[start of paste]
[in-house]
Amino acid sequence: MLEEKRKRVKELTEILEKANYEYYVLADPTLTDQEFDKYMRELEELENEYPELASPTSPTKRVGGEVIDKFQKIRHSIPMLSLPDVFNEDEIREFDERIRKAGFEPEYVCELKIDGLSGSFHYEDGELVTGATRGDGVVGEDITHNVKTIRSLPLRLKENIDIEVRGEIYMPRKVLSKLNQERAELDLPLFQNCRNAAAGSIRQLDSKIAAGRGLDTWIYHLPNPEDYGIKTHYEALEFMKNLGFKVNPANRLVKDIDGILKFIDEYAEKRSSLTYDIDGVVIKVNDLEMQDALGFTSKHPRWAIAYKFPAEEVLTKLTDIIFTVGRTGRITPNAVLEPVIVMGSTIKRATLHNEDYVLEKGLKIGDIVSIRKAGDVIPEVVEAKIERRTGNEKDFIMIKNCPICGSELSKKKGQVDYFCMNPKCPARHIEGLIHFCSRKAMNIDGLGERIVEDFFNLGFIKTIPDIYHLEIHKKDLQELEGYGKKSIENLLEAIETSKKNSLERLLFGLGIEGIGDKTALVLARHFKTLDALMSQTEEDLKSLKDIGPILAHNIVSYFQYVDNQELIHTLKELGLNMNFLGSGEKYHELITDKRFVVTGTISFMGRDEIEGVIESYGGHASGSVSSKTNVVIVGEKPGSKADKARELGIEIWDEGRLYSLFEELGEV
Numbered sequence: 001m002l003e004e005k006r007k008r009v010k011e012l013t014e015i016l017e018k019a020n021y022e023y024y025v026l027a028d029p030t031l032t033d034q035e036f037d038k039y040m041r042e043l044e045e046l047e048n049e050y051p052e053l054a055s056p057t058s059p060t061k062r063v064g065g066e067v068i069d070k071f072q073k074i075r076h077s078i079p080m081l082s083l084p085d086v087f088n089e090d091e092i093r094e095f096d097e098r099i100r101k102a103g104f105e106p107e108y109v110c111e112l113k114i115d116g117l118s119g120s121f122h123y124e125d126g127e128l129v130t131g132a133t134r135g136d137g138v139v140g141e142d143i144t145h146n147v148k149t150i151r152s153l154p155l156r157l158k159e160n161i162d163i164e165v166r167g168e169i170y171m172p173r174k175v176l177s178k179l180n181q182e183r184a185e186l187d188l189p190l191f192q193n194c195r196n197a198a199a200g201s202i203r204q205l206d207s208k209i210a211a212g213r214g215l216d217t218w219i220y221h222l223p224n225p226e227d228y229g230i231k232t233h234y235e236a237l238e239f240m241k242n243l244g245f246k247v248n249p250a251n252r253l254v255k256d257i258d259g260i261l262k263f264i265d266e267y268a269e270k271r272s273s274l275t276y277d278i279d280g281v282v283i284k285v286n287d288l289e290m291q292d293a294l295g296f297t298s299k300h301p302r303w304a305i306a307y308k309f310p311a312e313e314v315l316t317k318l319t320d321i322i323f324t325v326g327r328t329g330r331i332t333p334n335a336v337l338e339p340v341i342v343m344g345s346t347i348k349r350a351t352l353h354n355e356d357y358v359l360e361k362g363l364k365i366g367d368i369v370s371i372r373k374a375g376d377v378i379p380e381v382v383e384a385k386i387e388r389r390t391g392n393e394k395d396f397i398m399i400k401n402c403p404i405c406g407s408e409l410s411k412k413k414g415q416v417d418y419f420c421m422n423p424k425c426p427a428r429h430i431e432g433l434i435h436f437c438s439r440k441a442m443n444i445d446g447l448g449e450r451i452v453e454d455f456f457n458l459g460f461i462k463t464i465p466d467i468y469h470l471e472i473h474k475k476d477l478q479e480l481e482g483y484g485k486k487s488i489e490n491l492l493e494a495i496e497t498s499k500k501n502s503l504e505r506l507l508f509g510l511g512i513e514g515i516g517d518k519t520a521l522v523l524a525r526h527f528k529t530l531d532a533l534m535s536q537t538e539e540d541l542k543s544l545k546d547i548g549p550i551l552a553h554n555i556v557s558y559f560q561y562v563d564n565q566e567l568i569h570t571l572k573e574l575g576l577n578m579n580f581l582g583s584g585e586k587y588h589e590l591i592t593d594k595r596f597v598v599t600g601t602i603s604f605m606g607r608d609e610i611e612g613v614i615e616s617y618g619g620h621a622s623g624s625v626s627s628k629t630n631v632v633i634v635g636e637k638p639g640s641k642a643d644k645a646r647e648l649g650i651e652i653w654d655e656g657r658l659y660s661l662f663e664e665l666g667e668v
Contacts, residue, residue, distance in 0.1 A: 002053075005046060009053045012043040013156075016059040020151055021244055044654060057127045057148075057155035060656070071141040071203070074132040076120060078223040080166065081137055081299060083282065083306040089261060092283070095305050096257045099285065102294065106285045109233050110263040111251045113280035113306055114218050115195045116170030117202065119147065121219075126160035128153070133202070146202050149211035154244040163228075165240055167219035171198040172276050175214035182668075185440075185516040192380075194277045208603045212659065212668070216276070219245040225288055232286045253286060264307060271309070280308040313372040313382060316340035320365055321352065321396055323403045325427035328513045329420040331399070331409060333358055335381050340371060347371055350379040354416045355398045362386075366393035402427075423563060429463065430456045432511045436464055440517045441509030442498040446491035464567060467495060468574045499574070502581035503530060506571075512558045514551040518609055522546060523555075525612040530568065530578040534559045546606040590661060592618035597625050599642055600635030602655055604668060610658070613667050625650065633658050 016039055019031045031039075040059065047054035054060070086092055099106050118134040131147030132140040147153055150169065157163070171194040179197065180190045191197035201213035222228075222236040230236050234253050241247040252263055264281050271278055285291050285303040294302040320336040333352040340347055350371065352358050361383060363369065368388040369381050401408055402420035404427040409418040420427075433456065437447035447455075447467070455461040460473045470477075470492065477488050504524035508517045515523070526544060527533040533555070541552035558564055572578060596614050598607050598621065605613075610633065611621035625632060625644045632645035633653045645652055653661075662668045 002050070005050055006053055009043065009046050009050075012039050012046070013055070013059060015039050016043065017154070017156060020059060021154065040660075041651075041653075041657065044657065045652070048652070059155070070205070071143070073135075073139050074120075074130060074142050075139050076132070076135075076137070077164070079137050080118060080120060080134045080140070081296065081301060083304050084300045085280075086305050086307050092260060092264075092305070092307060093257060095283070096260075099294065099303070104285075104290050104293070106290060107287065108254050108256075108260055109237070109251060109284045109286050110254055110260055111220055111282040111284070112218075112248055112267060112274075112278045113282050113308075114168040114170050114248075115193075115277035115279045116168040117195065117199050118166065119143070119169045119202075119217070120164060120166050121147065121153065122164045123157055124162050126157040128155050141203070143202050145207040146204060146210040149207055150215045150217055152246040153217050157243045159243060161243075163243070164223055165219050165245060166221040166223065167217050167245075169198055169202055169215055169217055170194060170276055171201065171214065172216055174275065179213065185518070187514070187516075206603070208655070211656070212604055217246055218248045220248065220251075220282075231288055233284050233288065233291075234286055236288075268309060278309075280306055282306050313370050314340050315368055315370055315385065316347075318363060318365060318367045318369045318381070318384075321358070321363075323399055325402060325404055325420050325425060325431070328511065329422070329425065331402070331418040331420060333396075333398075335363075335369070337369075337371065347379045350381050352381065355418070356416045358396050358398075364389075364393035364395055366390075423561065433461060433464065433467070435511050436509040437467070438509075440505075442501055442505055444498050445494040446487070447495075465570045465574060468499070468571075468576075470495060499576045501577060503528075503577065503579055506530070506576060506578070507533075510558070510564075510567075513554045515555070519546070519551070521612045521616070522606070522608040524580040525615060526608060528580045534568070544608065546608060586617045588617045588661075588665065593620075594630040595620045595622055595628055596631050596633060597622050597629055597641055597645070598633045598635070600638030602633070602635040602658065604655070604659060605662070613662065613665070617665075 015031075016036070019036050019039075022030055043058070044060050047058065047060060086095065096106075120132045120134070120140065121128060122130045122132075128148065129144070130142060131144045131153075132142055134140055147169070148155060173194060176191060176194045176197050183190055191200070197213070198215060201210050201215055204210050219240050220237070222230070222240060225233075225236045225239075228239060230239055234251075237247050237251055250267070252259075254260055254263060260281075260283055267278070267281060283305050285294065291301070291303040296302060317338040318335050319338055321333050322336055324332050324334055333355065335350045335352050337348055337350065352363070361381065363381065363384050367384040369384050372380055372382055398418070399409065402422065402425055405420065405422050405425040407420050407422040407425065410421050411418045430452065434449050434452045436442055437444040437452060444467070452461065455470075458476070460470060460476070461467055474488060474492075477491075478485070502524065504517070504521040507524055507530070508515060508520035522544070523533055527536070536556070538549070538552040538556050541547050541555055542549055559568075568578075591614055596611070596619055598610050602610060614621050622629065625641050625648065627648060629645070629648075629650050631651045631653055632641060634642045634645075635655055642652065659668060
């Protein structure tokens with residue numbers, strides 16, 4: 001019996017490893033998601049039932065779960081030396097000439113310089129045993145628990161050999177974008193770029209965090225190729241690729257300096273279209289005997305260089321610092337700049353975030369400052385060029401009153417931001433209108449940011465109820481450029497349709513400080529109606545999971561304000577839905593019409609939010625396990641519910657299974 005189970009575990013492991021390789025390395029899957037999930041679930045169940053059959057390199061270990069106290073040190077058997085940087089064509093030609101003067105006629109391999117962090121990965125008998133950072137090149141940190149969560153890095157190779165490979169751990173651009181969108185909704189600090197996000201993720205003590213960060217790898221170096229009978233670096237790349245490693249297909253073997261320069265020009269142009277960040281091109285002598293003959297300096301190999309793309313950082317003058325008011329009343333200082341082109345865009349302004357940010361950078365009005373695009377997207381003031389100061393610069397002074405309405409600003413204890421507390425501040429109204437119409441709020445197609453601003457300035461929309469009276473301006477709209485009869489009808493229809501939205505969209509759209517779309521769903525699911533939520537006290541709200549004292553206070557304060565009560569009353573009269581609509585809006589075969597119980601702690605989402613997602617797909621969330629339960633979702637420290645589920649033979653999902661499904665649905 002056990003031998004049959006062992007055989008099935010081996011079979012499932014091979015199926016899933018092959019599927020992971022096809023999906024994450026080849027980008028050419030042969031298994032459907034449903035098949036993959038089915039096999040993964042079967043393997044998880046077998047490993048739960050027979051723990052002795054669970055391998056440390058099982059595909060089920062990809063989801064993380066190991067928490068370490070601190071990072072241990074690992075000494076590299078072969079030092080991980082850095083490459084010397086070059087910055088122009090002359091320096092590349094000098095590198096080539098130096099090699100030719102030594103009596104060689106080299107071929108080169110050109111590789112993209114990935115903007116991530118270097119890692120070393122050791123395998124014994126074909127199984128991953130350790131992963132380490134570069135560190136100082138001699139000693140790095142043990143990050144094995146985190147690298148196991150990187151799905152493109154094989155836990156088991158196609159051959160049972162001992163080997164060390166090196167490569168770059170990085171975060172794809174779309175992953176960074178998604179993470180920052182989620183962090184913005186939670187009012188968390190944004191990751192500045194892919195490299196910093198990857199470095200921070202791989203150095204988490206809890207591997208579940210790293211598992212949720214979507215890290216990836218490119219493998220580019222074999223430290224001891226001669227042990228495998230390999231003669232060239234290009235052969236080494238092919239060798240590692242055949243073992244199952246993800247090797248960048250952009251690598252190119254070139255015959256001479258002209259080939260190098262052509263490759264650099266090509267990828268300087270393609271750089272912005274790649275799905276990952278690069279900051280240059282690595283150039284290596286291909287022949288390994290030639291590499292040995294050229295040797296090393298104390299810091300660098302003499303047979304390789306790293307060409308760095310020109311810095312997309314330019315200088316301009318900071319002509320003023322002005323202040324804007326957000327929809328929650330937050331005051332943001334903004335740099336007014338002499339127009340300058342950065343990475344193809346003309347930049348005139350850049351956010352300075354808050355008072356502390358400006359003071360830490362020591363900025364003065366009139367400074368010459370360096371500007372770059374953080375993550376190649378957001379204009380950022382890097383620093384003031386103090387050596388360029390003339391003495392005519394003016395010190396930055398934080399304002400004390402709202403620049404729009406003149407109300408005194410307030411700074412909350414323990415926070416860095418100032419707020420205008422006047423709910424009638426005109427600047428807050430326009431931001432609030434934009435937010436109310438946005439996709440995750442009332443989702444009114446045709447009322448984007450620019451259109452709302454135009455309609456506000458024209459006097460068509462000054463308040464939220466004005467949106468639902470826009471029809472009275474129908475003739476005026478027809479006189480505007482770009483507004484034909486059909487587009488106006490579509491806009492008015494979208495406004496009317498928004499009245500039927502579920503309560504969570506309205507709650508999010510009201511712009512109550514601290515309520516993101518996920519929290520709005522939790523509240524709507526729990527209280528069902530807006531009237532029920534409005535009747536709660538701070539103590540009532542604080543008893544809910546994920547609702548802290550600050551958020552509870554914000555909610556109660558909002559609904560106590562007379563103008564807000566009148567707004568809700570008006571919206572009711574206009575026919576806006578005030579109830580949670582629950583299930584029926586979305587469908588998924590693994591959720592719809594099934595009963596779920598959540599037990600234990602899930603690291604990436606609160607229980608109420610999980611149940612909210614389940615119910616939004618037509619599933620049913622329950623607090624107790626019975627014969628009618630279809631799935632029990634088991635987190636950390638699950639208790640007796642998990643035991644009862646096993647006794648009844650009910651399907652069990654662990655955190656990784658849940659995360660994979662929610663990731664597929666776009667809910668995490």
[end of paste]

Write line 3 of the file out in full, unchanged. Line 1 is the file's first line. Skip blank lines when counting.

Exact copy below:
Numbered sequence: 001m002l003e004e005k006r007k008r009v010k011e012l013t014e015i016l017e018k019a020n021y022e023y024y025v026l027a028d029p030t031l032t033d034q035e036f037d038k039y040m041r042e043l044e045e046l047e048n049e050y051p052e053l054a055s056p057t058s059p060t061k062r063v064g065g066e067v068i069d070k071f072q073k074i075r076h077s078i079p080m081l082s083l084p085d086v087f088n089e090d091e092i093r094e095f096d097e098r099i100r101k102a103g104f105e106p107e108y109v110c111e112l113k114i115d116g117l118s119g120s121f122h123y124e125d126g127e128l129v130t131g132a133t134r135g136d137g138v139v140g141e142d143i144t145h146n147v148k149t150i151r152s153l154p155l156r157l158k159e160n161i162d163i164e165v166r167g168e169i170y171m172p173r174k175v176l177s178k179l180n181q182e183r184a185e186l187d188l189p190l191f192q193n194c195r196n197a198a199a200g201s202i203r204q205l206d207s208k209i210a211a212g213r214g215l216d217t218w219i220y221h222l223p224n225p226e227d228y229g230i231k232t233h234y235e236a237l238e239f240m241k242n243l244g245f246k247v248n249p250a251n252r253l254v255k256d257i258d259g260i261l262k263f264i265d266e267y268a269e270k271r272s273s274l275t276y277d278i279d280g281v282v283i284k285v286n287d288l289e290m291q292d293a294l295g296f297t298s299k300h301p302r303w304a305i306a307y308k309f310p311a312e313e314v315l316t317k318l319t320d321i322i323f324t325v326g327r328t329g330r331i332t333p334n335a336v337l338e339p340v341i342v343m344g345s346t347i348k349r350a351t352l353h354n355e356d357y358v359l360e361k362g363l364k365i366g367d368i369v370s371i372r373k374a375g376d377v378i379p380e381v382v383e384a385k386i387e388r389r390t391g392n393e394k395d396f397i398m399i400k401n402c403p404i405c406g407s408e409l410s411k412k413k414g415q416v417d418y419f420c421m422n423p424k425c426p427a428r429h430i431e432g433l434i435h436f437c438s439r440k441a442m443n444i445d446g447l448g449e450r451i452v453e454d455f456f457n458l459g460f461i462k463t464i465p466d467i468y469h470l471e472i473h474k475k476d477l478q479e480l481e482g483y484g485k486k487s488i489e490n491l492l493e494a495i496e497t498s499k500k501n502s503l504e505r506l507l508f509g510l511g512i513e514g515i516g517d518k519t520a521l522v523l524a525r526h527f528k529t530l531d532a533l534m535s536q537t538e539e540d541l542k543s544l545k546d547i548g549p550i551l552a553h554n555i556v557s558y559f560q561y562v563d564n565q566e567l568i569h570t571l572k573e574l575g576l577n578m579n580f581l582g583s584g585e586k587y588h589e590l591i592t593d594k595r596f597v598v599t600g601t602i603s604f605m606g607r608d609e610i611e612g613v614i615e616s617y618g619g620h621a622s623g624s625v626s627s628k629t630n631v632v633i634v635g636e637k638p639g640s641k642a643d644k645a646r647e648l649g650i651e652i653w654d655e656g657r658l659y660s661l662f663e664e665l666g667e668v